Similar to self-financing above, when working with a third party financing source you offer your customer monthly payment options with anywhere from 12 to 60 months terms. However, the finance contract would be between your customer and the finance company instead of your customer and you. While there are a lot of options for third party financing companies out there, this could be anything from a leasing company to a local or large bank.
The Pros and Cons of Partnering with a Third Party Finance Company to Finance Technology to Customers
By partnering with a third party finance company, you are still selling and providing the solution to your customer, but you’re also introducing a new party into the relationship which can provide both positives and negatives.
Pros of Third Party Financing:
Cons of Third Party Financing:
Positives of Partnering with a Third Party Financing Source to Finance Technology to Customers
When a third party financing company pays you upfront for the solution, you are profitable from day one--just as you would be with a cash transaction. You typically have fewer Days Sales Outstanding (DSO) and there is no waiting until the customer makes enough monthly payments to break even. You are able to take the money you are paid from the financing company to pay the manufacturer or distributor for the solution, make yourself whole, and the rest is your profit or margins.
Reduced or No Risk
What happens if your customer goes out of business in this arrangement? With the finance agreement between your customer and the finance company, you bear no risk for the agreement. If the customer pays late, stops paying, or goes out of business, the third party finance company will be the one making collection calls, filing paperwork and ultimately taking a loss. In most cases, the technology reseller has zero financial liability for the contract. Talk to your finance provider to double check their policies.
Hands Off Process
Since your financing partner is writing the contract with the customer, they are also responsible for all of the administrative duties mentioned earlier. Everything from credit underwriting, documentation, booking the agreement, billing, collecting and any possible litigation is now the responsibility of your finance partner. Since they are finance professionals focused on building a solid portfolio, they will have more resources dedicated to these tasks.
Partnering with a third-party finance company is a sustainable and scalable option for your business. Since the finance company is using their funds to finance the transactions, you won’t have to worry about running out of cash or bank lines no matter how big your As-A-Service program gets!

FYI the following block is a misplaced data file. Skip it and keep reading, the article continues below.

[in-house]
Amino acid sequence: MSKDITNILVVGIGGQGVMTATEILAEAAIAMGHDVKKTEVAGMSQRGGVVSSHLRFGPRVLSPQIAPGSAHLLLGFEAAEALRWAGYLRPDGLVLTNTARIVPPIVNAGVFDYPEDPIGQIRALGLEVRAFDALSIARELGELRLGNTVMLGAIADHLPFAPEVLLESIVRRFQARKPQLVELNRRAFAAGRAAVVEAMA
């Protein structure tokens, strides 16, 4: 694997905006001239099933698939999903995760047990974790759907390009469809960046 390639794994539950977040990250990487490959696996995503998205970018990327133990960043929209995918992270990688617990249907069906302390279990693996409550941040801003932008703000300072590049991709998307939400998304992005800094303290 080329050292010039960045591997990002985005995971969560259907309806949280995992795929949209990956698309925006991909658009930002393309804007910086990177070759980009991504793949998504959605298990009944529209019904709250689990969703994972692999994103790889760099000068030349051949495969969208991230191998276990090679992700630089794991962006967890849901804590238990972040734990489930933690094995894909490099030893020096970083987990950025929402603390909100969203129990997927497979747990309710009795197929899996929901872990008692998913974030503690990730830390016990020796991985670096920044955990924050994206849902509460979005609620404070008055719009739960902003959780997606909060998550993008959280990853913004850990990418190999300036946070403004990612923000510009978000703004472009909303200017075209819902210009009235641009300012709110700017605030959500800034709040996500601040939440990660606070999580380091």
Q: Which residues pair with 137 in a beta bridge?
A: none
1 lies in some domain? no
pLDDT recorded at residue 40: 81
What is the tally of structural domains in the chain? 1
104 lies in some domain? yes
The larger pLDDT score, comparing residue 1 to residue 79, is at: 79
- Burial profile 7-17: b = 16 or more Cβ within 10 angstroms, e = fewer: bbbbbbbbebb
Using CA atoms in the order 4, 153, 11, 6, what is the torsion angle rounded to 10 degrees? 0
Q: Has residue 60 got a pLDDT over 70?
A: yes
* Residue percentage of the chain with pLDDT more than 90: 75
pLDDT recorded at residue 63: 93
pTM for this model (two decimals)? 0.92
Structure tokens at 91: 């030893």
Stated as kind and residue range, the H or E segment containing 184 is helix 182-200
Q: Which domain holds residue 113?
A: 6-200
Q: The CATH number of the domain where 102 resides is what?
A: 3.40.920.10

Negatives of Partnering with a Third Party Financing Source to Finance Technology to Customers
With another party involved in the solution, there may be additional constraints on the transaction based on their needs. For a finance company, billing and collecting payments is paramount to their profitability. As a result, finance companies will have criteria for approving both customers and transactions to meet their systems and processes. Depending on how complex your solutions and programs are, you may not be able to create all the rules as you could with a self-financed model.
No Finance Income
The additional income made by the interest rate that was a positive in self-financing technology is now profit for the financing company instead. Finance companies make money by lending money out at a higher rate than they borrow it. That means it’s unlikely your finance partner is offering a 0% rate, and so that income will be the finance company’s to keep.
Another Relationship to Manage
A finance partner is no different than any of your other vendors. Like software companies, equipment manufacturers, and distributors, they want your time and business. Your finance provider will have different strengths, weaknesses, value-adds, and cultures than their competitors and peers. You will need to set aside time to find the best partner for you and your customers, then build and manage a relationship with them.
[link here on what to look for in a finance provider]
So, is self-financing or partnering with a third party leasing company the right choice?
The short answer is, it depends. What risks are you willing to take and what do you want the focus of your business to be? How much cash do you have in reserves or available in bank lines? Do you have the staffing and knowledge to facilitate a finance program? If you’re okay taking on the risks, administrative burden, and additional time it will take to offer your own in-house option, it might be the right choice for you.
In reality, most small and medium businesses don’t have the resources or expertise to build and manage a quality finance portfolio. Cash flow is king, and when you’re putting money out the door with no return for 18-24 months, you could be putting your business at serious risk. All things considered, it’s a decision that each business owner has to make for themselves.
For more information or to continue examining different financing options for As-A-Service, check out this eBook, Alternatives to Traditional As-A-Service.
Seth Thompson is a Director of Vendor Relationship Development. He helps UC and IT partners grow their business through the implementation of finance programs. Seth started his career at GreatAmerica in 2014 after earning his B.A. in Communication Studies from the University of Iowa. Outside of work, Seth enjoys training and competing in the sport of powerlifting and spending time with his wife and two Shih Tzus.